- A drawing depicting a humorous situation, often accompanied by a caption.
- A drawing representing current public figures or issues symbolically and often satirically: a political cartoon.
- A preliminary sketch similar in size to the work, such as a fresco, that is to be copied from it.
- An animated cartoon.
- A comic strip.
- A ridiculously oversimplified or stereotypical representation: criticized the actor’s portrayal of Jefferson as a historically inaccurate cartoon.
Source: The American Heritage® Dictionary of the English Language, Fourth Edition
Copyright © 2000 by Houghton Mifflin Company.
By now, everyone has seen or heard the news of Cartoon Network’s experiments in airing live-action films. The decision has raised a few eyebrows, to put it kindly. I hope others will forgive me for not letting my emotions get the best of me and for not engaging in a full-on violent verbal assault of the network, the experiment, the individuals involved in the decision, their children, puppies, kittens and (quite possibly) silverware. It’s their company. Ultimately, they’ll make the decisions they feel they need to.
I’m fairly normal as far as adults go (with normal being a relative term). I live on my own. I’ve been seeing the same guy for ten years. I pay my bills. I go out with friends for drinks and dinner. I try to watch my figure. I exercise. I play sports when I have the time and the weather’s right. I bet you’re wondering why I’m even bringing this up. Well, I wanted to establish a few things. I don’t weigh 300 lbs., I weigh 118 lbs. I don’t live in my parents’ garage/attic/basement. I also generally don’t write obnoxious diatribes on the net. This, obviously, is an exception to that rule.
Socrates, Greek philosopher (469-399 B.C.E.)
I’m sure you don’t need me to tell you Socrates was a wise man. It’s important to understand oneself as an individual, a company and equally as a brand. Brand identity is the promise a company makes to its consumers. It’s a relationship of trust. If a brand has a strong bond with its consumers, then significant changes may diminish that trust and sever emotional attachments to the brand.
Believe it or not, I’m surprised Cartoon Network held out on deviating from their brand as long as they did. We’ve come to a time in cable network television where everyone wants to be the generic cable network with a slight twist. (And Seinfeld. Everyone wants to air Seinfeld.) They’ve stretched the definition of their original brands so far that they’ve all but abandoned them in favor of more advertising dollars and the hopes of reaching larger audiences. While I do not know for certain, I’m sure some of these networks receive many e-mails asking questions about shows that actually aired on other networks.
Getting ready for work this morning something hit me (not literally). I remembered an April Fool’s Day prank CN pulled a number of years back. It was fantastic. They did nothing but air one Screwy Squirrel cartoon continuously for the entire day. I’m sure they received hate mail and angry phone calls. Viewers likely swore up and down that they’d never watch their network again (and probably tuned back in the next day anyway). While reminiscing, I thought to myself, with a tinge of resignation, “Man, I miss the days when Cartoon Network had a set of balls.” (I hope those reading will forgive me the slight bit of impropriety, but I am from the Bronx.) This led me to analyze my gut reaction a bit further as to why CN’s decision to air live-action felt like such a significant step in the wrong direction.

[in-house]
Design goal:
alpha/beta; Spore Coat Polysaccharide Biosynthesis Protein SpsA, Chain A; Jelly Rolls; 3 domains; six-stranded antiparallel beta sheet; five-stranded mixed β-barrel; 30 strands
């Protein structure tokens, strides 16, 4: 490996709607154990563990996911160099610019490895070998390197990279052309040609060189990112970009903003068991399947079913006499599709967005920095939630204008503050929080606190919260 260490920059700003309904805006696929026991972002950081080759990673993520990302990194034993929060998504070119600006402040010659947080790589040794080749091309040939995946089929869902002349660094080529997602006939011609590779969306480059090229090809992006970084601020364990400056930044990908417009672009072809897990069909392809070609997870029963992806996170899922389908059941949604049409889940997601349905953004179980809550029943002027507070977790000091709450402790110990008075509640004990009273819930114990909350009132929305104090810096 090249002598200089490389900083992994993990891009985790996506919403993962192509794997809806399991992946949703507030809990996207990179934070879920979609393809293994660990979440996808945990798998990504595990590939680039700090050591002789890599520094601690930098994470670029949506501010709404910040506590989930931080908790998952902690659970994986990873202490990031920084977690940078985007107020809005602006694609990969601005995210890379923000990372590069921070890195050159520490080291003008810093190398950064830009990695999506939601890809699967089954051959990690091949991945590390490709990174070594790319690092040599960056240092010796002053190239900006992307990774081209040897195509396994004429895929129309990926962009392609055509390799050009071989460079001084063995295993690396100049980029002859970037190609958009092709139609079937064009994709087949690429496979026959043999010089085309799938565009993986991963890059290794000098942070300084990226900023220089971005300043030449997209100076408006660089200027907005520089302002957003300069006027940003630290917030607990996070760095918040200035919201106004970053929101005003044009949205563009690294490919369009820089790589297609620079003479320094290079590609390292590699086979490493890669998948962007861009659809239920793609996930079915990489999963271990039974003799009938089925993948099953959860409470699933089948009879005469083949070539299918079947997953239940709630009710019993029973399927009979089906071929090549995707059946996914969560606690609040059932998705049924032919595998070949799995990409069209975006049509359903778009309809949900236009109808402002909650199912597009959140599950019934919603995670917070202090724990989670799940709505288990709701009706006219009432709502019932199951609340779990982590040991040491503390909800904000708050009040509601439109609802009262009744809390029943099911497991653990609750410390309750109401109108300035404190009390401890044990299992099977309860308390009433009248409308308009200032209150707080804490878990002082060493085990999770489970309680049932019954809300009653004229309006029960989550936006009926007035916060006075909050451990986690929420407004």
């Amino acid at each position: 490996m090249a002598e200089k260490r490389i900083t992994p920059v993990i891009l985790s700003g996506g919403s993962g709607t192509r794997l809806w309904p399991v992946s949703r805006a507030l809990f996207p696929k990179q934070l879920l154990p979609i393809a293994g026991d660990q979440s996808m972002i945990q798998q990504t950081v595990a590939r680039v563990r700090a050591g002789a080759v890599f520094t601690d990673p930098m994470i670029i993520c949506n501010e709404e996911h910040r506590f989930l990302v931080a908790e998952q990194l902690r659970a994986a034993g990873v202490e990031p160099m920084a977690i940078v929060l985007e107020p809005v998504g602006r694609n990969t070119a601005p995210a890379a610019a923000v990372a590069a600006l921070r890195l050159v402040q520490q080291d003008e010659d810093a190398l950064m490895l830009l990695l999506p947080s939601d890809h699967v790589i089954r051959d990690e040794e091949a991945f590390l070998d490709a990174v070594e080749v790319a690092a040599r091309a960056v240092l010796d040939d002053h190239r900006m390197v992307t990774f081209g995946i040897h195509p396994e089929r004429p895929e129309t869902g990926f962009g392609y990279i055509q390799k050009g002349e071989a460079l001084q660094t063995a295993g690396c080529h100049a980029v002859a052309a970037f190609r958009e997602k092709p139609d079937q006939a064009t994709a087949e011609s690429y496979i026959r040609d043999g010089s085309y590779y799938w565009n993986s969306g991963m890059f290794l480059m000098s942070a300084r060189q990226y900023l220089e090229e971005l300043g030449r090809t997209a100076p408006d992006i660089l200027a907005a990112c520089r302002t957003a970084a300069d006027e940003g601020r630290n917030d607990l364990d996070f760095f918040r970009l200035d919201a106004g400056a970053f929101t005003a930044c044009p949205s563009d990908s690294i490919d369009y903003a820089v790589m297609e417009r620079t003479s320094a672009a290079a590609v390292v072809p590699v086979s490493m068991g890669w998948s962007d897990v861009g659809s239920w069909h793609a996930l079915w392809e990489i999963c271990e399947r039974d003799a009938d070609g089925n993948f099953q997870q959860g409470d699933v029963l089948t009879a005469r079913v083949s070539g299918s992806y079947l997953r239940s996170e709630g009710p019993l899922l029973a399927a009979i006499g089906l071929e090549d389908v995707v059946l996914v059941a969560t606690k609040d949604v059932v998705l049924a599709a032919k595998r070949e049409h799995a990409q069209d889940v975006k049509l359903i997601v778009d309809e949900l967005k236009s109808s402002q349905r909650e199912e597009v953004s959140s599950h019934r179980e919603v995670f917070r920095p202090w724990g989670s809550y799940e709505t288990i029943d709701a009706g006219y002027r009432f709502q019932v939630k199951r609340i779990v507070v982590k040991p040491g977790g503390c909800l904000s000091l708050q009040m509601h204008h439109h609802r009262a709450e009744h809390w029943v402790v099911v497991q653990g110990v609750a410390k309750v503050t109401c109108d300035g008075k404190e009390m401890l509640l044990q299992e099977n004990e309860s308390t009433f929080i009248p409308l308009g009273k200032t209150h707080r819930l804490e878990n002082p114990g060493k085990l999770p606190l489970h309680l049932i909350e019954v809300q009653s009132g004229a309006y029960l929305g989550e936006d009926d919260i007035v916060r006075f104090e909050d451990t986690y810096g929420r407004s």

Cartoon Network, until recent years, unapologetically showed animation in a country that largely perceives the medium as a form of children’s entertainment. That perception is only accurate as far as the industry allows it to be. Animation is a form of expression, largely commercial, but still art by nature. Art, in and of itself, is not restricted to one age group or gender. This medium is capable of transcending those gaps and reaching audiences of all types. My personal interpretation of Cartoon Network’s brand was, “We show cartoons. Deal with it.” Audiences did, and they even liked it.
Since Cartoon Network’s inception I’ve noticed a marked increase in the number of adults, of all professions and ages, who openly discuss animation. A generation has grown up with Cartoon Network and they’re now reaching the age where they’re getting married and having children. I’ve had dinners with co-workers (current and former, in multiple income brackets) and listened to them go on about cartoons they watch with their children. As they spoke, you could tell from their excitement that they very nearly wanted to watch the show more than the target audience.
And now, when cartoons have come so much closer to hitting the mainstream, Cartoon Network’s decision feels like a step backwards. That’s particularly disheartening when the problem with bad animation today is not the medium. It’s the lack of originality, the subpar writing, the poorly executed gags, the off-timing and the cartoon-by-committee feel. Much of what makes a gripping and entertaining cartoon cannot be found in CN’s current offerings.
Alas, Cartoon Network is a company, not a movement (despite what Sean Akins would have you believe). Expectations for them to be something more are unrealistic. That’s just something I’ll have to accept. I’d like to take a moment to thank them for their pioneering contributions to the industry, before we part ways and I continue to look elsewhere for my entertainment. Someone out there has to have the cojones to bring cartoons to the mainstream.
Eileen Delgadillo, a.k.a. Harley, is one of Toon Zone’s founders.